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Research project

Feeling peace in Reformation Europe

This project examines the social and cultural landscapes of religious reformations to ask what Europeans understood peace to be in the early modern period. Traditionally, the reformations have been viewed primarily through the lens of conflict: dramatic religious divisions, accompanied by processes of state-formation, militarisation, and overseas expansion, were a source of violence and war. The religious divisions, though, also provided opportunities for peacemaking. In spite of their different religious predilections, early modern men and women devised ways to live alongside one another. Throughout the early modern period, peace remained a ubiquitous concept. Yet it is little understood today.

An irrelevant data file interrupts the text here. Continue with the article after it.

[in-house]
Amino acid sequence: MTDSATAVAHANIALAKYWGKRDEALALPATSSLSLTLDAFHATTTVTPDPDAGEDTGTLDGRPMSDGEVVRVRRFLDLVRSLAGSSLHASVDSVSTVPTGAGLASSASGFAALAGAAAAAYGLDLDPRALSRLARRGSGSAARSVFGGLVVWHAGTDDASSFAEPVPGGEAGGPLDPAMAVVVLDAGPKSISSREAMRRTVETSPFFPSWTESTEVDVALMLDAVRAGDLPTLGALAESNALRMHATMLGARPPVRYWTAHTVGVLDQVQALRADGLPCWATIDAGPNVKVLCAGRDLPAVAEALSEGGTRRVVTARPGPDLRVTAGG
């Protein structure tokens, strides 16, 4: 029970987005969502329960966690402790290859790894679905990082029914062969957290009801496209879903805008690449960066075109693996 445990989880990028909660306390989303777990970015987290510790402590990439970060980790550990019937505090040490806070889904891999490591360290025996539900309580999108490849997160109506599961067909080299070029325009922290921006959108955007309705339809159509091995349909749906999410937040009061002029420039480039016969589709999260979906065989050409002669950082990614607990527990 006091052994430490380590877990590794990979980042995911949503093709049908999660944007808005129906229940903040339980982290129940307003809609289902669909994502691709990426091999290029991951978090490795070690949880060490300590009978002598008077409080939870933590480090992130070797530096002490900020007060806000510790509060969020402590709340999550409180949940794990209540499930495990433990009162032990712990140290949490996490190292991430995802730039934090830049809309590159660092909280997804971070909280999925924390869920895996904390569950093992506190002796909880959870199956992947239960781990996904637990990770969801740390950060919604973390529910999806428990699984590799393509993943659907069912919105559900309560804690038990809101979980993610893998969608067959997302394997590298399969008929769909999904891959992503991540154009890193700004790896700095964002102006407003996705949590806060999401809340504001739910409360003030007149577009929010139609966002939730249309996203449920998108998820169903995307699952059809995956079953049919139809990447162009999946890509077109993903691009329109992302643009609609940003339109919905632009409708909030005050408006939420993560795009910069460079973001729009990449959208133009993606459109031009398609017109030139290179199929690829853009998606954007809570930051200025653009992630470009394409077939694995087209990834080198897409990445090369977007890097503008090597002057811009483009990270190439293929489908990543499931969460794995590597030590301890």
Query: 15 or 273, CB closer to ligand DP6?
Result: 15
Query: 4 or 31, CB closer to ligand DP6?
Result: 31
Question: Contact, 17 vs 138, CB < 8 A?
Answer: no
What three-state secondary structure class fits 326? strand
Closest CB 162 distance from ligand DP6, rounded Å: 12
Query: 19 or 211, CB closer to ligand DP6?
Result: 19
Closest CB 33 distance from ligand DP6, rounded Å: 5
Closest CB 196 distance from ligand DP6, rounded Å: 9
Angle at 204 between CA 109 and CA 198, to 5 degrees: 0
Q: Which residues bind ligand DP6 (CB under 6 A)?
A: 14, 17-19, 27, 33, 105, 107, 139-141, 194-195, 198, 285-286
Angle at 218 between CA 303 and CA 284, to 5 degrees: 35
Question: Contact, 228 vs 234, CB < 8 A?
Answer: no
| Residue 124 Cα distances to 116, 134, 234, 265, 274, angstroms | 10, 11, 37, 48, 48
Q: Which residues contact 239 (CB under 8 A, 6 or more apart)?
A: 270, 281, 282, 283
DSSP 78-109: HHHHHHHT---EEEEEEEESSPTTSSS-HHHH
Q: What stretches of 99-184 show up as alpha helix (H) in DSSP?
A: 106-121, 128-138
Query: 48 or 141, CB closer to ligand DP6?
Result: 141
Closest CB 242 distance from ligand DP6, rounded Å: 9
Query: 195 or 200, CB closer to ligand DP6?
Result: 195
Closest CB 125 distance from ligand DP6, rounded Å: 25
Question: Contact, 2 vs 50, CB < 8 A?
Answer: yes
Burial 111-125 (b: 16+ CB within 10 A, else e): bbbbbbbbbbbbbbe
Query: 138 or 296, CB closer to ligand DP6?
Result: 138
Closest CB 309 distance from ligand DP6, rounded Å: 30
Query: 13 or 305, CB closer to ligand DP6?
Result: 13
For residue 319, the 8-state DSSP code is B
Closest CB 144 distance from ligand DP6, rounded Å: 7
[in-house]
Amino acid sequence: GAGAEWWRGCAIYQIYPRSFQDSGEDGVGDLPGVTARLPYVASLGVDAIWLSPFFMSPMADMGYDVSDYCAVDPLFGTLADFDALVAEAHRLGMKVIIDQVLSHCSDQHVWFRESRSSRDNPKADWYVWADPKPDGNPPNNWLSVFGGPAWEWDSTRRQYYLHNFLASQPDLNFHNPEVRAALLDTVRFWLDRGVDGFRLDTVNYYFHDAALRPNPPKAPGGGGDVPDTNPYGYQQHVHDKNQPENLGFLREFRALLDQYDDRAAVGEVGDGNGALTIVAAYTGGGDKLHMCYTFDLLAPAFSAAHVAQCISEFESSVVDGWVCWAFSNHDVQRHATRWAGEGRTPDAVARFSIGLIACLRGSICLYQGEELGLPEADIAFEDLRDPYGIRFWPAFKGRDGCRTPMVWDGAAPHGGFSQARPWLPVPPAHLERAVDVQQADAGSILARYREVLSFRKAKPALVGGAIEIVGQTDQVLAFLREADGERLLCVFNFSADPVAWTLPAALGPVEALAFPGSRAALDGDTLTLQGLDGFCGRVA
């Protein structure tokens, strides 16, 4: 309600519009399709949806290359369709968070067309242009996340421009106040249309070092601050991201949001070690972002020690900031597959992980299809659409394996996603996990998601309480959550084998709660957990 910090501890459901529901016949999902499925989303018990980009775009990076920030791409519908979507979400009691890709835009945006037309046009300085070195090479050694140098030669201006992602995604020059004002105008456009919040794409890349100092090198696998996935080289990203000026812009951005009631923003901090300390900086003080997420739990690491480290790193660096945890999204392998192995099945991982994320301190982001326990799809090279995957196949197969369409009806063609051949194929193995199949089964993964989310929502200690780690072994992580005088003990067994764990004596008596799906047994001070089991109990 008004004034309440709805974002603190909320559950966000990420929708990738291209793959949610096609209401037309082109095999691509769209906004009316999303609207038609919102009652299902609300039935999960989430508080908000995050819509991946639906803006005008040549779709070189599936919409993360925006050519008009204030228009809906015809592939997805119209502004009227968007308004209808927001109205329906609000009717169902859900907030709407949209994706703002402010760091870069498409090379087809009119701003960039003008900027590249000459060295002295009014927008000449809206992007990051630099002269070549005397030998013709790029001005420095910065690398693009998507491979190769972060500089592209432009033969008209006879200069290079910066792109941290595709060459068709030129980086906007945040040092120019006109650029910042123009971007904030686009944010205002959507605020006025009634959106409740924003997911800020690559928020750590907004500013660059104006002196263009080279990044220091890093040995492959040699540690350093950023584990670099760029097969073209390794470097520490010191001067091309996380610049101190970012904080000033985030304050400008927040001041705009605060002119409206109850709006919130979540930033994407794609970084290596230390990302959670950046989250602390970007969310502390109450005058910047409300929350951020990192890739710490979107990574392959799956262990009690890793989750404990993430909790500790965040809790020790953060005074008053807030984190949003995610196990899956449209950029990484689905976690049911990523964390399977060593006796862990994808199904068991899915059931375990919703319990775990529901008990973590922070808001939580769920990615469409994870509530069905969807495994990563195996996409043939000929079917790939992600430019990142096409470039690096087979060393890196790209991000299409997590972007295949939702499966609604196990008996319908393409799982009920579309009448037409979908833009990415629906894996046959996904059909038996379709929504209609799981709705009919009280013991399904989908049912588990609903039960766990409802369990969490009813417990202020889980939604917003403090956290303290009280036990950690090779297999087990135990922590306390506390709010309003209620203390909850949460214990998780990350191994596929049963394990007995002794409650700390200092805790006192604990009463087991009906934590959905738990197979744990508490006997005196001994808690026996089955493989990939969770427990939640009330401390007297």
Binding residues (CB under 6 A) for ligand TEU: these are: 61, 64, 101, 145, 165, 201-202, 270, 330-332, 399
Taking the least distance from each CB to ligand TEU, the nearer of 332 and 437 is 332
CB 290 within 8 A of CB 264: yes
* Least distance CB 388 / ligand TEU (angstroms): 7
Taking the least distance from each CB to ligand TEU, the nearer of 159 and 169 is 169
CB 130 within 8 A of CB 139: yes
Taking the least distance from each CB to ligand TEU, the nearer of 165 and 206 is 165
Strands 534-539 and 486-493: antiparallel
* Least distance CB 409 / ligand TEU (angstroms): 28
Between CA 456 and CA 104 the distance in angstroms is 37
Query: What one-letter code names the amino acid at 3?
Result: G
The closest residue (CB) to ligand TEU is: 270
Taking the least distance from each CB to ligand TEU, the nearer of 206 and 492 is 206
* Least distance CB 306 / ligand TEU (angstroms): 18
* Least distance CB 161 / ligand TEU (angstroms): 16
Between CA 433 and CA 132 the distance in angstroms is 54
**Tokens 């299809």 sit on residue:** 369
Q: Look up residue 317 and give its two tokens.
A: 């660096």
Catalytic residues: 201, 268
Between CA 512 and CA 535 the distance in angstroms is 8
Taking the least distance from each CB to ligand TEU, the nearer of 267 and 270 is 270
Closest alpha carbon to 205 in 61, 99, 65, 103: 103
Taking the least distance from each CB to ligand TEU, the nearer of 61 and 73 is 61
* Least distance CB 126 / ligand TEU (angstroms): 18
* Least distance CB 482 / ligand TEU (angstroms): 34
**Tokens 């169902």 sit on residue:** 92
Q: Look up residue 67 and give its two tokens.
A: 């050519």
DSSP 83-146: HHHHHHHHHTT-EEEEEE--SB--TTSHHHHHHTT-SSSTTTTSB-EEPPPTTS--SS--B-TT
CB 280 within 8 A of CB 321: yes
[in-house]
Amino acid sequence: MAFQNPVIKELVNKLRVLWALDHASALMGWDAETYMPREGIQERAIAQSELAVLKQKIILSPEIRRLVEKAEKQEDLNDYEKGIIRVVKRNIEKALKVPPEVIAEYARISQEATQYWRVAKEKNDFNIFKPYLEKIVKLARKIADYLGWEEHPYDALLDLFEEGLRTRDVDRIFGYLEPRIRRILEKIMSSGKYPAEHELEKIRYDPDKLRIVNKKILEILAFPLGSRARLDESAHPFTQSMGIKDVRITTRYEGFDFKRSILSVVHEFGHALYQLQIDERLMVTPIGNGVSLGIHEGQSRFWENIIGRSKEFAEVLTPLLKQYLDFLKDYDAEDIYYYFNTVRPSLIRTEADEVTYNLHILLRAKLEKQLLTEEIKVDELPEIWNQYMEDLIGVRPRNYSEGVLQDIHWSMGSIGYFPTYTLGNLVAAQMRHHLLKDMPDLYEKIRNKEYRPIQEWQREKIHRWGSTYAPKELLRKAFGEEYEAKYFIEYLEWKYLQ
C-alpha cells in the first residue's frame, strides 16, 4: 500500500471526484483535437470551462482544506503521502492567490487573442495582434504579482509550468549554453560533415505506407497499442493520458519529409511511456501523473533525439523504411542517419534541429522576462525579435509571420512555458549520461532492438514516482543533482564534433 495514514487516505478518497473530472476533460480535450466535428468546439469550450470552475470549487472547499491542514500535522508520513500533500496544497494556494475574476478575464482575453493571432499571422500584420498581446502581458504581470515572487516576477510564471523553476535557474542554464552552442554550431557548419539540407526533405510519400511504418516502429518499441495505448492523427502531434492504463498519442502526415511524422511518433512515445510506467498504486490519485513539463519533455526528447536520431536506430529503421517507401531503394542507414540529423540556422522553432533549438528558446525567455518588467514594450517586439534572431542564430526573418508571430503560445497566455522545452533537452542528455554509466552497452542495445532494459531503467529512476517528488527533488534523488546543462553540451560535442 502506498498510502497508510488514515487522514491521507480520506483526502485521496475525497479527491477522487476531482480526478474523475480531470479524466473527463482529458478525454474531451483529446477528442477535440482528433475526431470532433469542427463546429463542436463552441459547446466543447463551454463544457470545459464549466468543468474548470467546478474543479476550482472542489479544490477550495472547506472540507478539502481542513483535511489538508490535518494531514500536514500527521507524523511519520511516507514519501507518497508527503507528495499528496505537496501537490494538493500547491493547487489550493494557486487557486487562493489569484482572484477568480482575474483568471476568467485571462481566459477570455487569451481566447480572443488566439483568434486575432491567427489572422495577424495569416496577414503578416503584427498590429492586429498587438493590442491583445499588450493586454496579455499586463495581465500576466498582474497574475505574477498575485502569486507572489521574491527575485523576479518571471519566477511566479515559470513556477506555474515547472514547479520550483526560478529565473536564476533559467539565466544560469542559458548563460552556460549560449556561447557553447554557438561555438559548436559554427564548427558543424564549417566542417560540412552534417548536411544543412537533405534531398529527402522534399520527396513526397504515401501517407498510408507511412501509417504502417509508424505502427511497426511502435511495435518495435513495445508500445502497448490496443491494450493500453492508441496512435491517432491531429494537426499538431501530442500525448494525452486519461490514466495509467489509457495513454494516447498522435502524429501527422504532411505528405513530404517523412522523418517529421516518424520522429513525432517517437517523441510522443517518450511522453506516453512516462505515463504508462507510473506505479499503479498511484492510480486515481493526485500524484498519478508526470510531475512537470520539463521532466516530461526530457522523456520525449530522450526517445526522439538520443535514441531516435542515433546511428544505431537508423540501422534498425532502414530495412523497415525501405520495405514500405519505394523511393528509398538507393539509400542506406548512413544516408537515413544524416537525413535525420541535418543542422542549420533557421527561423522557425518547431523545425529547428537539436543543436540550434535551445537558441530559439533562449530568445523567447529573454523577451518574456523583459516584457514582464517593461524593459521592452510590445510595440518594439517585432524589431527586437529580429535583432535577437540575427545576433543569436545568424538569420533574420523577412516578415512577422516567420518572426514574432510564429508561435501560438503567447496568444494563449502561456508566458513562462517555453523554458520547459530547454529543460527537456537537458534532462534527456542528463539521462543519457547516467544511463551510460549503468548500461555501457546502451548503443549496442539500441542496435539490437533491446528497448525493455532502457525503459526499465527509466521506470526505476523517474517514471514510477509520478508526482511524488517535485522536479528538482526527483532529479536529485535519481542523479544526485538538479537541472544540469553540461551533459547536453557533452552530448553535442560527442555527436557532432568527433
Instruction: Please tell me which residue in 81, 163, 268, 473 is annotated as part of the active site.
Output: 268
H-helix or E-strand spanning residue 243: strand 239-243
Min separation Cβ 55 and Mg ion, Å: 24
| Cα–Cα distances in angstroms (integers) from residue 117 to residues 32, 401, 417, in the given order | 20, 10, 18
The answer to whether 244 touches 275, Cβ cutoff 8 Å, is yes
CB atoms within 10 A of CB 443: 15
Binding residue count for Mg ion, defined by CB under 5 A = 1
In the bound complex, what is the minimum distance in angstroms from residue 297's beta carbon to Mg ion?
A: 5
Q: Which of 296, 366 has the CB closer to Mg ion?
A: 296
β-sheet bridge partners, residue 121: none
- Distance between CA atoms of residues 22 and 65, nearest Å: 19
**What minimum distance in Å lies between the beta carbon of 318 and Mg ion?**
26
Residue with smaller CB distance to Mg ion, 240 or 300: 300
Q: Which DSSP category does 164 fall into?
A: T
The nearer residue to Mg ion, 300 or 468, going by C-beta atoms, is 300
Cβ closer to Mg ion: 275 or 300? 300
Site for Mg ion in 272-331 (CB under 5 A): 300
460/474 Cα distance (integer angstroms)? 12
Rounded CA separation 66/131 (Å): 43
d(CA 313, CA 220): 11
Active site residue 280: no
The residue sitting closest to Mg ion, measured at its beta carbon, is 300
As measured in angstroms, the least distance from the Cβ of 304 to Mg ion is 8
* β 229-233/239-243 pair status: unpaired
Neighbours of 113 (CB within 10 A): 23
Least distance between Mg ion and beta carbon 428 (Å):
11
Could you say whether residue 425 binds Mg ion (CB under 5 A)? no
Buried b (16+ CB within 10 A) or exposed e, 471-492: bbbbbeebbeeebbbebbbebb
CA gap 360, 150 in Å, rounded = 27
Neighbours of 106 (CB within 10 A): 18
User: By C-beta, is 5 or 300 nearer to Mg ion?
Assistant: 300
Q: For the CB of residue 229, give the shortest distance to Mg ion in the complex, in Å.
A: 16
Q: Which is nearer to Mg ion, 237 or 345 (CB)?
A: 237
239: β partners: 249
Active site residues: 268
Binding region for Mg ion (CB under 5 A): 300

This project has three principal goals. First, by looking beyond the prescriptive definitions of peace, it seeks to uncover how people experienced peace during this particularly turbulent time in European history. Second, in considering these experiences of peace against the backdrop of religious reformations, it seeks to recover the significance of peace in religious cultures and the role of religion in the practices of peace. Finally, this project seeks to establish religion and the early modern period more firmly in the burgeoning interdisciplinary field of peace studies.

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